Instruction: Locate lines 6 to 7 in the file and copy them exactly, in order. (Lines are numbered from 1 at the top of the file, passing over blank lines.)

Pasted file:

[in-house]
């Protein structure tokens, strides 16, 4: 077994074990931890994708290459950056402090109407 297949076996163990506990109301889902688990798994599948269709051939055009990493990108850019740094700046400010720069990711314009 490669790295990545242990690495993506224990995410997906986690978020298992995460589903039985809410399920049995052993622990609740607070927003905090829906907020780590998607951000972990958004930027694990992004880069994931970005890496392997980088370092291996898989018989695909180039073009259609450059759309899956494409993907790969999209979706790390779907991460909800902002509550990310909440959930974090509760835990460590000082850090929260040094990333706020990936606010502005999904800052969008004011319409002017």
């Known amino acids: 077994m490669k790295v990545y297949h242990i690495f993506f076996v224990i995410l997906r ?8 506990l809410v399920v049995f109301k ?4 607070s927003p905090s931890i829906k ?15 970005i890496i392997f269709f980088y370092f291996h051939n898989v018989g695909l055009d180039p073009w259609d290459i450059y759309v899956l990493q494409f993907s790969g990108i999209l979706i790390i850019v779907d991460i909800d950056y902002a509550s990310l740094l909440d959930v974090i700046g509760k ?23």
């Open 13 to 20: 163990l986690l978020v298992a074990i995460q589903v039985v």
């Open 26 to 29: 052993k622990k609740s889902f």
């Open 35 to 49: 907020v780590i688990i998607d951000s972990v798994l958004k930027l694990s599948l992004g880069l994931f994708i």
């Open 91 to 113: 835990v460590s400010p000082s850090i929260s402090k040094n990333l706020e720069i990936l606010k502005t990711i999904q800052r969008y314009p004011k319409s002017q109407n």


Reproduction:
């Open 35 to 49: 907020v780590i688990i998607d951000s972990v798994l958004k930027l694990s599948l992004g880069l994931f994708i």
């Open 91 to 113: 835990v460590s400010p000082s850090i929260s402090k040094n990333l706020e720069i990936l606010k502005t990711i999904q800052r969008y314009p004011k319409s002017q109407n």